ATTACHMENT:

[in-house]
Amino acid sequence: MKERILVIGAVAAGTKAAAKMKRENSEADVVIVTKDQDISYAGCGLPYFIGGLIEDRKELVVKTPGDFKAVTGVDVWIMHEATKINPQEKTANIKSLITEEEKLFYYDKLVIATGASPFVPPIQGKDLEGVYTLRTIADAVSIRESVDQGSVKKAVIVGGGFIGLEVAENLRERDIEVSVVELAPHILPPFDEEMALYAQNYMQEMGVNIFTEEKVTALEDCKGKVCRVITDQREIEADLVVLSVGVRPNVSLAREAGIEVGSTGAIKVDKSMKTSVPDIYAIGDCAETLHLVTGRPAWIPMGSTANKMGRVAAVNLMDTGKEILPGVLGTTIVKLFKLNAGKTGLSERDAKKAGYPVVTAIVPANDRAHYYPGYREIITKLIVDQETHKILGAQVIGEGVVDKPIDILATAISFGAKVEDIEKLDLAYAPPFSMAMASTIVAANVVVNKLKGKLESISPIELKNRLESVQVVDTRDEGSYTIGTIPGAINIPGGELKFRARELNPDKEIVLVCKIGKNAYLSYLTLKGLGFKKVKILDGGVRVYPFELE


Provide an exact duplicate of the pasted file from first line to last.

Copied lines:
[in-house]
Amino acid sequence: MKERILVIGAVAAGTKAAAKMKRENSEADVVIVTKDQDISYAGCGLPYFIGGLIEDRKELVVKTPGDFKAVTGVDVWIMHEATKINPQEKTANIKSLITEEEKLFYYDKLVIATGASPFVPPIQGKDLEGVYTLRTIADAVSIRESVDQGSVKKAVIVGGGFIGLEVAENLRERDIEVSVVELAPHILPPFDEEMALYAQNYMQEMGVNIFTEEKVTALEDCKGKVCRVITDQREIEADLVVLSVGVRPNVSLAREAGIEVGSTGAIKVDKSMKTSVPDIYAIGDCAETLHLVTGRPAWIPMGSTANKMGRVAAVNLMDTGKEILPGVLGTTIVKLFKLNAGKTGLSERDAKKAGYPVVTAIVPANDRAHYYPGYREIITKLIVDQETHKILGAQVIGEGVVDKPIDILATAISFGAKVEDIEKLDLAYAPPFSMAMASTIVAANVVVNKLKGKLESISPIELKNRLESVQVVDTRDEGSYTIGTIPGAINIPGGELKFRARELNPDKEIVLVCKIGKNAYLSYLTLKGLGFKKVKILDGGVRVYPFELE